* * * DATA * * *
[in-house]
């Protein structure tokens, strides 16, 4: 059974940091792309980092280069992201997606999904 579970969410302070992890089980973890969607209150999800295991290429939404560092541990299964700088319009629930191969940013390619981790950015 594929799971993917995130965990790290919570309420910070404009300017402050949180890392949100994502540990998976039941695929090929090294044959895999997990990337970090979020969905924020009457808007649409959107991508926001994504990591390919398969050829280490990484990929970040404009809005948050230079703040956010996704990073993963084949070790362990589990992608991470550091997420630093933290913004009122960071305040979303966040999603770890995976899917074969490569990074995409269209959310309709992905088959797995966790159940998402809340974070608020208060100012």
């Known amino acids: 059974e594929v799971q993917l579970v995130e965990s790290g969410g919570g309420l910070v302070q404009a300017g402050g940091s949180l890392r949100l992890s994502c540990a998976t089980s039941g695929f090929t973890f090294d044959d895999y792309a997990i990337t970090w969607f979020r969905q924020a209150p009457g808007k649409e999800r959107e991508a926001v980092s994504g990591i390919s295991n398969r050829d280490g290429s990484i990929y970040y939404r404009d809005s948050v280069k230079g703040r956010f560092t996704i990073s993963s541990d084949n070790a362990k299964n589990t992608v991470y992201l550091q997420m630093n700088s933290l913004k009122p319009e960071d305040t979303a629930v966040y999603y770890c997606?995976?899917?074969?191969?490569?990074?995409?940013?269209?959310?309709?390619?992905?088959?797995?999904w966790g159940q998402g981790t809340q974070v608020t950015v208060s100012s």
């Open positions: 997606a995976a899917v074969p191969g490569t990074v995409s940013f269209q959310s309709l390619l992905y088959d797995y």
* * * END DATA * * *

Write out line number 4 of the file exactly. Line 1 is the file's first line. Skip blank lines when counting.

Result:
């Open positions: 997606a995976a899917v074969p191969g490569t990074v995409s940013f269209q959310s309709l390619l992905y088959d797995y």